The Nature Conservancy is protecting land they feel they own. For example, Serious Tool was told that the land description his cache was placed on can be found in the York County Registry of Deeds - Book15291 Page 799-806, and in Book 4426 Page 64-65. Perhaps there's a surveyor in the group that can refute this claim. Or, Serious Tool could simply let us know who gave him permission to place the cache.

    The Nature Conservancy has identified 2 caches on neighboring properties that are directing cachers to access their land, creating unintended trails. They have asked Groundspeak to consider removing them as a matter of good faith. The Nature Conservancy has identified 14 other caches on lands they have a legal interest in but do not own. If I understand correctly, the disposition of the cache will be up to the actual owners. The Basin area is not a new purchase. This is the second time The Nature Conservancy has had to ask that caches be removed.

    As Dan said, "Whether we like it or not, the ownership of land permits the owner unlimited control of use of the land unless it violates local or other land use regulations. Period." A land owner is perfectly within their rights to allow snowmobiling and not Geocaching. To take this one step further: While CMP may have purchased a right of way to install power lines, the land owner is not required to expand the agreement to included Geocaching.

    The Nature Conservancy has allowed Geocaching on their lands in the past. There is a multicache in Mount Agamenticus, placed with permission. There are several Earthcaches, which I assume were placed with permission. There have also been CITO and event caches in the past. Geocaching has a lot to offer The Nature Conservancy. The partnership between the Androscoggin Land Trust and Maine Geocachers is a good example the good that can be accomplished. Last year, several Geocachers were honored for the stewardship and encourage by the head of the Maine Department of Conservation. Some of the Nature Conservancy's own know how much trash we recovered and value the trail building efforts.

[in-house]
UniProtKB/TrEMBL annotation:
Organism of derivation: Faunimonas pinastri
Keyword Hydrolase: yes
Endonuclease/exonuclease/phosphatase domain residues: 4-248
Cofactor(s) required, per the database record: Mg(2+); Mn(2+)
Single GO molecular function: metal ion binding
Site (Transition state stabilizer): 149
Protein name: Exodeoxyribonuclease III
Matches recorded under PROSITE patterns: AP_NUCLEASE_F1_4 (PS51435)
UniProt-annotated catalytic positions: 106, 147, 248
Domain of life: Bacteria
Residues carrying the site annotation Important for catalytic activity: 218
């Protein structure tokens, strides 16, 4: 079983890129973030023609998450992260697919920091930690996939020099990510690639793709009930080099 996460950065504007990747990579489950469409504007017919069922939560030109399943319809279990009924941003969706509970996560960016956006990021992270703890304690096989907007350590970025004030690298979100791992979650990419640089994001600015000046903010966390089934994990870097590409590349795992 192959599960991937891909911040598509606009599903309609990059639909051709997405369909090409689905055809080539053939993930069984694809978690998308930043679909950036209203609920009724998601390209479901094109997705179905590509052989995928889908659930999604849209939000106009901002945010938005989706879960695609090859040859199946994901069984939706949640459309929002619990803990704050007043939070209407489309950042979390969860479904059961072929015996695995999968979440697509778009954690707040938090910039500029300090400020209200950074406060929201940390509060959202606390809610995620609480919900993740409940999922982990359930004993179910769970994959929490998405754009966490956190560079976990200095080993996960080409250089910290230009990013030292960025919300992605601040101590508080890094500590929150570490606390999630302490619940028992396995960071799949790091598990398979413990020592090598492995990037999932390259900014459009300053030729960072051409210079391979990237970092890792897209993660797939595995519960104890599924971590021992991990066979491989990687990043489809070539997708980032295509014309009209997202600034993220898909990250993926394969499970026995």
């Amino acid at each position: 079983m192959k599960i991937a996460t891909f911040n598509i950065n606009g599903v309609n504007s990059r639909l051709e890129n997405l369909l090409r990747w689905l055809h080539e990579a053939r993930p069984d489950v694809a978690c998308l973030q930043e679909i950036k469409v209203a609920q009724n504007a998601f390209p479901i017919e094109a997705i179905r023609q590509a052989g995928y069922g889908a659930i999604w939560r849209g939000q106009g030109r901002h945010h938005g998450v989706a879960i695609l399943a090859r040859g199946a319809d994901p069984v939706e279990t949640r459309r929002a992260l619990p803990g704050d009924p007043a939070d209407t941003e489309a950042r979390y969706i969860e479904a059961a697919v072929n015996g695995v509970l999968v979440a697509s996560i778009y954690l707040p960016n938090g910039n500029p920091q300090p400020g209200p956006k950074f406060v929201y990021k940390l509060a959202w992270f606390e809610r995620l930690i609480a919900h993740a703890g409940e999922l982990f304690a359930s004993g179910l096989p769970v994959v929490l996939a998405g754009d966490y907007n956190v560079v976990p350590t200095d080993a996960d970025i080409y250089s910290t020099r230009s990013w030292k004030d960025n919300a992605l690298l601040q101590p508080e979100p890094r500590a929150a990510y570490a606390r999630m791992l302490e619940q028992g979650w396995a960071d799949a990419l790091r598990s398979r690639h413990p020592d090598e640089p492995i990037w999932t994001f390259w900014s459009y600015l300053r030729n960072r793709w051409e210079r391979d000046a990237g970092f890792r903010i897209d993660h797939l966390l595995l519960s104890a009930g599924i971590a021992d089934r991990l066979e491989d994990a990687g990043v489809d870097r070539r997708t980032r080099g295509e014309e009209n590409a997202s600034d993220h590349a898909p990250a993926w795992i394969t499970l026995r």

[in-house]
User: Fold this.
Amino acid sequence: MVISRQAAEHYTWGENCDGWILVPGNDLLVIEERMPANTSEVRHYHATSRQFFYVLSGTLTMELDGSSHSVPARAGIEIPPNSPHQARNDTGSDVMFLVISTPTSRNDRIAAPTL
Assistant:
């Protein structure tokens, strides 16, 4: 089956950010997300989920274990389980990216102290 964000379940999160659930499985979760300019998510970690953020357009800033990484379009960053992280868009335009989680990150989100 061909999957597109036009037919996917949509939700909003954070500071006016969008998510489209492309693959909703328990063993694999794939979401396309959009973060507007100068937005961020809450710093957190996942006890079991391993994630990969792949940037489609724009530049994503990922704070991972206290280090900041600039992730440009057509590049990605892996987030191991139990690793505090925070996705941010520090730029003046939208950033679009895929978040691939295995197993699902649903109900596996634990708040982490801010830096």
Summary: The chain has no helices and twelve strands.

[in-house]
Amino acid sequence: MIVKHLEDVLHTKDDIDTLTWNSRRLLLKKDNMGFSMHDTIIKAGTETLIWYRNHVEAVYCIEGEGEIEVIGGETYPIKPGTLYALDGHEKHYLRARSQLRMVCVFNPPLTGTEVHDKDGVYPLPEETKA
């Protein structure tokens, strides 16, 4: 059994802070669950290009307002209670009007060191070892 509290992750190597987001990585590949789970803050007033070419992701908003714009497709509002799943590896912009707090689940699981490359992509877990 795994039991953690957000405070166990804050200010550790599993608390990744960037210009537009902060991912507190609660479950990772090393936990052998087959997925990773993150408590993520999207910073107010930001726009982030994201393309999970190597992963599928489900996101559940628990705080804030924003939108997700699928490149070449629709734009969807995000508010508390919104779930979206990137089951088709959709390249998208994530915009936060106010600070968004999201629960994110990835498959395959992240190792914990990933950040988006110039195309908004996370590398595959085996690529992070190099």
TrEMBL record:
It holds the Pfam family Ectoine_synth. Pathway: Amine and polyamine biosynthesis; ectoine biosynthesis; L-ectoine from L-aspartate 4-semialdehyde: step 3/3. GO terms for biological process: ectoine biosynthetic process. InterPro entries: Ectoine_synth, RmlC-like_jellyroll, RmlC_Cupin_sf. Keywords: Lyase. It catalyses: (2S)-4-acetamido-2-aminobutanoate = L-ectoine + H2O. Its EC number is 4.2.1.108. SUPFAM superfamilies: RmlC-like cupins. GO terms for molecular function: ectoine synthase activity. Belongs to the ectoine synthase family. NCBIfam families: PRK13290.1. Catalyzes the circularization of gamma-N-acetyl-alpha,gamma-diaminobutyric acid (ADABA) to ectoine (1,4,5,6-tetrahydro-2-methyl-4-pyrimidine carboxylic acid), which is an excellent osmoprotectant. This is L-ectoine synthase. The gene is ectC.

There are 100 land trusts in Maine. http://www.mltn.org/view_trusts-alphabetical.php Many of these organizations are eager to allow the public to champion land stewardship. How we present ourselves to the other land owners is up to each and everyone of us. Hopefully, enough of us can be the type of Geocachers that land owners hope to partner with.
    The farmer gave permission to place the cache in the field, but the bull charges.

  10. #30

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    I have a number of earthcache location on TNC properties and have found Daniel Grenier to be very helpful and good to respond to request. His issue started with complaint is unauthorized placements and the refusal of the owner to make modifications. In all cases when I have given them to him before submitting there have been minor modifications. The important thing is permission to place the cache, I have a folder of permissions for my caches and have been ask to show them by groundspeak in the past which is fine with me. If folks in the past had permission for all cache locations this discussion would not be taking place, IMO.
    We hate mindless caches placed in the woods without a reason, nothing but the cache in a plastic bag on a tree.